Trinity River Basin Water Quality Management Plan: I. Degradation Rates of Advanced Treatment Effluents Anticipated in the Trinity River Basin, Texas. II. Oxygen Uptake of Organic Bottom Sludges from the Trinity River, Texas - Methods and Preliminary Results.




Texas A&M Univerity, College Station

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Texas A&M University


Abstract I: The aerobic degradation rates of advanced treated effluents were studied, and a kinetic model is proposed. Both the carbonaceous and nitrogenous deoxygenation rates followed pseudo first order, or monomolecular, kinetics, and the observed velocity constants were found to be lower than those reported in the literature for primary and secondary effluents. Mixing, temperature, and dilution effects on kinetic behavior were also studied. Given only the BOD5 and NH3N concentrations of an advanced treated effluent, an equation can be written to describe its rate of degradation.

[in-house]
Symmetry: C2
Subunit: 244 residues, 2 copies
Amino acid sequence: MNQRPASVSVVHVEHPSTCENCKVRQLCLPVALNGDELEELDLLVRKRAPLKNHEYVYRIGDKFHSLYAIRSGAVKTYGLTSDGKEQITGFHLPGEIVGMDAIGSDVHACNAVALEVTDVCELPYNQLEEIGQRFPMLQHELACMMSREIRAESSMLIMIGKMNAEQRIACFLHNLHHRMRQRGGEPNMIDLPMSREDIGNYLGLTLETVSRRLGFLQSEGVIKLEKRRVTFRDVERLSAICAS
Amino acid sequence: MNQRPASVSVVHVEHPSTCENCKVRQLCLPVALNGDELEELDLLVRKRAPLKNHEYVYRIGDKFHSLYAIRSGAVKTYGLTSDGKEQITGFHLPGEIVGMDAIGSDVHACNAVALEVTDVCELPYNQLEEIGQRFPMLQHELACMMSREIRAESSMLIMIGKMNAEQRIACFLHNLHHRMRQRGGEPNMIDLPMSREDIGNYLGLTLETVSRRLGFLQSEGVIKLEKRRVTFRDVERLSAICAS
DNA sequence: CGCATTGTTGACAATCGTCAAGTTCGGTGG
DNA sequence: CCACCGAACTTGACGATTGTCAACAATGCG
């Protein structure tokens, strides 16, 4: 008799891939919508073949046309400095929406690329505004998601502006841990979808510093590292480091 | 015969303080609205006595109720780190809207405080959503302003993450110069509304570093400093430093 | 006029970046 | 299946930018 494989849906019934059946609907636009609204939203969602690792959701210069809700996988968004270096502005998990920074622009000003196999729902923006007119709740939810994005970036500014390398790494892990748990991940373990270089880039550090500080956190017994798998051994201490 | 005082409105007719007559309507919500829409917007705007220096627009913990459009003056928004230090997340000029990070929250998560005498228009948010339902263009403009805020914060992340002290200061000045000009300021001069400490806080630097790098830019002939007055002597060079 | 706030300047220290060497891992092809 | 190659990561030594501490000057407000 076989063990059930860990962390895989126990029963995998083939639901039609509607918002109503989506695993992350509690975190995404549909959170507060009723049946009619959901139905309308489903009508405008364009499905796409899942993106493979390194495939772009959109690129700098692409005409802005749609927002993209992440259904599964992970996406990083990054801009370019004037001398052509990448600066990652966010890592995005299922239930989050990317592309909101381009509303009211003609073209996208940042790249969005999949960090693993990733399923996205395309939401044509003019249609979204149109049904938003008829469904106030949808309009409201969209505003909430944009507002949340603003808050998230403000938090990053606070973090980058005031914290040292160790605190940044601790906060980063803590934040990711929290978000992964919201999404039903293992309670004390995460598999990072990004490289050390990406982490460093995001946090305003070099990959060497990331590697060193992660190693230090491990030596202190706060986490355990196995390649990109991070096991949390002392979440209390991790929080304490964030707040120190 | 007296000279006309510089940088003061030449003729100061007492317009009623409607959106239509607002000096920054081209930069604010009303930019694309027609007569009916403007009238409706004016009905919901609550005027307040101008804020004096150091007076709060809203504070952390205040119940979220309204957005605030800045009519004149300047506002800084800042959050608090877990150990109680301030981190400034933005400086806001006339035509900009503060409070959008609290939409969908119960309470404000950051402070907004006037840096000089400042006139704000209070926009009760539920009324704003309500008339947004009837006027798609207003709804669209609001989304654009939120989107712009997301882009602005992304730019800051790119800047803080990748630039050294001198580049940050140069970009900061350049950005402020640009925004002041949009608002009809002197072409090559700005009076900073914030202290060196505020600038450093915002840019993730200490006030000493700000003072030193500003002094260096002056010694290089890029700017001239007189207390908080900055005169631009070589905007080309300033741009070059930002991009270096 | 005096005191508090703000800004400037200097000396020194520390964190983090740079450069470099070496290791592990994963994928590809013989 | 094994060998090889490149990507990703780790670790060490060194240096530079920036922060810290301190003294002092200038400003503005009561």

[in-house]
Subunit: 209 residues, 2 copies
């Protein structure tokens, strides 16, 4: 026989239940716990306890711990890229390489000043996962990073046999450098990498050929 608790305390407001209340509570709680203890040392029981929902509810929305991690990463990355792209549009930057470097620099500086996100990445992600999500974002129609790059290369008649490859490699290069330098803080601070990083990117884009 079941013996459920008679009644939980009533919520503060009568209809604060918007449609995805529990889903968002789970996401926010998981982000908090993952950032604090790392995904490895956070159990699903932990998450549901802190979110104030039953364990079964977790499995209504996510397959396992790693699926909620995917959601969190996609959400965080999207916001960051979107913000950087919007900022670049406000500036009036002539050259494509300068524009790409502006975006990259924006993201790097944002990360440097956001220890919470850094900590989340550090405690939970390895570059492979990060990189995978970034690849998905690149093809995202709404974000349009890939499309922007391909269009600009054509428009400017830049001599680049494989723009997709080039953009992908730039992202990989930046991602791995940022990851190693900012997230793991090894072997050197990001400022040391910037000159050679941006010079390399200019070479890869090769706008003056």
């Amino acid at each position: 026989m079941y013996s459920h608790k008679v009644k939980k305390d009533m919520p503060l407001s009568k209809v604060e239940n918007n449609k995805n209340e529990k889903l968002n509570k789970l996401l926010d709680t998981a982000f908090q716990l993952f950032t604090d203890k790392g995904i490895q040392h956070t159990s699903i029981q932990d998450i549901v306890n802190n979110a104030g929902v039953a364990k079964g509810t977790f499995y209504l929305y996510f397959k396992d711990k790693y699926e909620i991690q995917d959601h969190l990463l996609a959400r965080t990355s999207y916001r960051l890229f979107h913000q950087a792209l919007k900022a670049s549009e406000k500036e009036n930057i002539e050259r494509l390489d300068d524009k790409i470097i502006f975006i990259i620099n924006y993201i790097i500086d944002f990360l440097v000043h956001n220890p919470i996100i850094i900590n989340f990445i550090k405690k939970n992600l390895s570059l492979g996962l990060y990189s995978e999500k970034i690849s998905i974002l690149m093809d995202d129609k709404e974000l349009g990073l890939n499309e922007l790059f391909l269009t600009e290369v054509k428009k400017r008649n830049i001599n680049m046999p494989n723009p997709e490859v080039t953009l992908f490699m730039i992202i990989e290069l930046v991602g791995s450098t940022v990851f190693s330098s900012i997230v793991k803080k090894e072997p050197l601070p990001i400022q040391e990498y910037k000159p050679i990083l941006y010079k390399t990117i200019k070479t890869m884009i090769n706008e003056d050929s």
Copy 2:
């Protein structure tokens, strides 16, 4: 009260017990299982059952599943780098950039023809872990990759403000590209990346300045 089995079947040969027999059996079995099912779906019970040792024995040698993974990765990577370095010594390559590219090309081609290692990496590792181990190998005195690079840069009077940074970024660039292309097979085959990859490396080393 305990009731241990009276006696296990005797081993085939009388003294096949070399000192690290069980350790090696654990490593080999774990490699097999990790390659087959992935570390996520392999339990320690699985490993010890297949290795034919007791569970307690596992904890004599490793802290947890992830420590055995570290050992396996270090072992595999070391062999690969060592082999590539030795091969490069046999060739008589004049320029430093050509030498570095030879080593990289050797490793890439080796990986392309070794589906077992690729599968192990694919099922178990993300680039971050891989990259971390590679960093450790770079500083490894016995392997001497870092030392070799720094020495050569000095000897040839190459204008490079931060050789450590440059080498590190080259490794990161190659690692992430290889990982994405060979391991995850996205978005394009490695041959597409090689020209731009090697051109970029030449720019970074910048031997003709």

Abstract II: The objective of this research was to determine the benthic oxygen demands of some sediment deposits in the Trinity River System in the Dallas-Fort Worth area. The reduced data will provide parameters to be used in modeling the river for dissolved oxygen and give an indication of the quality of the sediments. During the low flow periods, discharges from some of the major sewage treatement plants greatly affect the dissolved oxygen levels in the river. The dissolved oxygen in this area is often zero in some reaches of the river. This is partly due to the oxygen demand of the organic sediments in the river system. The samples were collected below the outfalls of the White Rock, Central and Riverside Sewage Treatment Plants. The oxygen demands were measured by galvanic oxygen cells. The sediments were in a quiescent state in some tests and completely suspended in other tests. The benthic demands of the quiescent samples at 20oC varied from 0.028 to 0.128 gm/hr-m2 and the higher values were of the same magnitude as found in the upper Houston Ship Channel at the time of the greatest BOD load to the channel, which was during 1965 through 1970. The demands of the suspended samples were much greater than the quiescent samples and were of the same order of magnitude as those from the Houston Ship Channel under the above heavily-loaded conditions.


113 pages


wastewater, models, dissolved chemicals